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"We're gonna suffocate! I know it!" announces the Mouth Breather.

"Will you shut up?" says Connor. "I'm sure there's more than enough air in here for us."

"How do you know? I can barely breathe already—and I got asthma, too. I could have an asthma attack in here and die!"

"Good," says Connor. "One less person breathing the air."

That shuts Emby up, but Connor feels bad having said it. "No one's going to die," he says. "Just relax."

And then Hayden says, "At least dying's better than being unwound. Or is it? Let's take a poll—would you rather die, or be unwound?"

"Don't ask things like that!" snaps Connor. "I don't want to think about either." Somewhere outside of their little crated universe, Connor hears a metal hatch closing and can feel the vibration in his feet as they begin to taxi. Connor waits. Engines power up—he can feel the vibration in his feet. He's pushed back against the wall as they accelerate. Hayden tumbles into him, and he shifts over, giving Hayden room to get comfortable again.

"What's happening? What's happening?" cries Emby.

"Nothing. We're just taking off."

"What! We're on a plane?"

Connor rolls his eyes, but the gesture is lost in the darkness.

* * *

The box is like a coffin. The box is like a womb. Normal measures of time don't seem to apply, and the unpredictable turbulence of flight fills the dark space with an ever-present tension.

Once they're airborne, the four kids don't speak for a very long time. Half an hour, an hour maybe—it's hard to tell. Everyone's mind is trapped in the holding pattern of their own uneasy thoughts. The plane hits some rough air. Everything around them rattles. Connor wonders if there are kids in crates above them, below them, and on every side. He can't hear their voices if they are. From where he sits, it feels like the four of them are the only ones in the universe. Emby silently relieves himself. Connor knows because he can smell it—everyone can, but no one says anything. It could just as easily have been any one of them—and depending on how long this trip is, it still could be.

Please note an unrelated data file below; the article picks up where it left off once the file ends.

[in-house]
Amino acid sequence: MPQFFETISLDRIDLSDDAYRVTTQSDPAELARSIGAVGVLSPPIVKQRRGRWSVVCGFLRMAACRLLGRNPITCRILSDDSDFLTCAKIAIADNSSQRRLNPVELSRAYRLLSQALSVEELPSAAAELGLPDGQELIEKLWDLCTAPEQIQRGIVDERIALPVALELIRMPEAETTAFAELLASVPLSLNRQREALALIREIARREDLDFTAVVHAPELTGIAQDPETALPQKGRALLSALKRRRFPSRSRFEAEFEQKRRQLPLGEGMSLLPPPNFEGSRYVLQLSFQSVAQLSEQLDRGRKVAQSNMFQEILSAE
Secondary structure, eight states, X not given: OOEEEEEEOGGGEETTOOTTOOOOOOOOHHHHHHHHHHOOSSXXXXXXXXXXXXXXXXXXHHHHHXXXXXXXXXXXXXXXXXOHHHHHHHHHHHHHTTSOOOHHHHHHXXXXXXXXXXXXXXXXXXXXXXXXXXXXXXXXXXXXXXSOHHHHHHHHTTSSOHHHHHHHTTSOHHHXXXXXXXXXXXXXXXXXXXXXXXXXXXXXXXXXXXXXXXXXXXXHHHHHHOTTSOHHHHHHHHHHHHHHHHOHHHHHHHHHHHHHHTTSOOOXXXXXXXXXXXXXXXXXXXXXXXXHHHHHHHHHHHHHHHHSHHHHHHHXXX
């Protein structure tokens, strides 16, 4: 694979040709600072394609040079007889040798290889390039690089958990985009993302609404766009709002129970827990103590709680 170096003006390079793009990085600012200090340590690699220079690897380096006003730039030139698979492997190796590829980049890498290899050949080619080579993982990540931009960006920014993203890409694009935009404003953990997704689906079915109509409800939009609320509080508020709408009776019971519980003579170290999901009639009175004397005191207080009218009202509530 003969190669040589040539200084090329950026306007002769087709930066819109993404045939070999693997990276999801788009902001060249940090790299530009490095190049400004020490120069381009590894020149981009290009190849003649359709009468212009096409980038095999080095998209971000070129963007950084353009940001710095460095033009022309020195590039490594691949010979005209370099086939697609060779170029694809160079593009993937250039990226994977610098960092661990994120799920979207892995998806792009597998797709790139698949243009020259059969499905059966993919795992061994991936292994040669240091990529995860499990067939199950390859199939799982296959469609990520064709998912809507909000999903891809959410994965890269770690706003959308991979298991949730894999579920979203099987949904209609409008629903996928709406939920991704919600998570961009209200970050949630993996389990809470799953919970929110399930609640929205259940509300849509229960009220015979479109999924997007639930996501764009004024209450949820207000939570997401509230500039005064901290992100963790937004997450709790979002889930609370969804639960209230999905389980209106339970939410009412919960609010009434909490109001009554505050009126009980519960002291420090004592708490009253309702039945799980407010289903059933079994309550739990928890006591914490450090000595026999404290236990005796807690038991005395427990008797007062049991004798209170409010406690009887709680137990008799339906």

Finally, after what feels like forever, the quietest of them all speaks.

"Unwound," Diego says. "I'd rather be unwound."

Even though it's been a long time since Hayden posed the question, Connor knows immediately what it refers to. Would you rather die or be unwound? It's like the question has hung in the cramped darkness all this time, waiting to be answered.

"Not me," says Emby. "Because if you die, at least you go to Heaven."

Heaven? thinks Connor. More likely they'd go to the other place. Because if their own parents didn't care enough about them to keep them, who would want them in Heaven?

"What makes you think Unwinds don't go?" Diego asks Emby.

"Because Unwinds aren't really dead. They're still alive . . . sort of. I mean, they have to use every single part of us somewhere, right? That's the law."

Then Hayden asks the question. Not a question, the question. Asking it is the great taboo among those marked for unwinding. It's what everyone thinks about, but no one ever dares to ask out loud.

"So, then," says Hayden, "if every part of you is alive but inside someone else . . . are you alive or are you dead?"

This, Connor knows, is Hayden bringing his hand back and forth across the flame again. Close enough to feel it, but not close enough to burn. But it's not just his own hand now, it's everyone's, and it ticks Connor off.

"Talking wastes our oxygen," Connor says. "Let's just agree that unwinding sucks and leave it at that."

It shuts everyone up, but only for a minute. It's Emby who talks next.

"I don't think unwinding is bad," he says. "I just don't want it to happen to me."

Connor wants to ignore him but can't. If there's one thing that Connor can't abide, it's an Unwind who defends unwinding. "So it's all right if it happens to us but not if it happens to you?

"I didn't say that."

"Yes, you did."

"Ooh," says Hayden. "This is getting good."

"They say it's painless," says Emby—as if that were any consolation.

"Yeah?" says Connor. "Well, why don't you go ask all the pieces of Humphrey Dunfee how painless it was?"

The name settles like a frost around them. The jolts and rattles of turbulence grow sharper.

"So . . . you heard that story too?" says Diego. "Just because there are stories like that, doesn't mean unwinding is all bad," says Emby. "It helps people."

"You sound like a tithe," says Diego.

Connor finds himself personally insulted by that. "No, he doesn't. I know a tithe. His ideas might have been a little bit out there, but he wasn't stupid." The thought of Lev brings with it a wave of despair. Connor doesn't fight it—he just lets it wash through him, then drain away. He doesn't know a tithe; he knew one. One who has certainly met his destiny by now.

"Are you calling me stupid?" says Emby.

"I think I just did."

Hayden laughs. "Hey, the Mouth Breather is right— unwinding does help people. If it wasn't for unwinding, there'd be bald guys again—and wouldn't that be horrible?"

Diego snickers, but Connor is not the least bit amused. "Emby, why don't you do us all a favor and use your mouth for breathing instead of talking until we land, or crash, or whatever."

"You might think I'm stupid, but I got a good reason for the way I feel," Emby says. "When I was little, I was diagnosed with pulmonary fibrosis. Both my lungs were shutting down. I was gonna die. So they took out both my dying lungs and gave me a single lung from an Unwind. The only reason I'm alive is because that kid got unwound."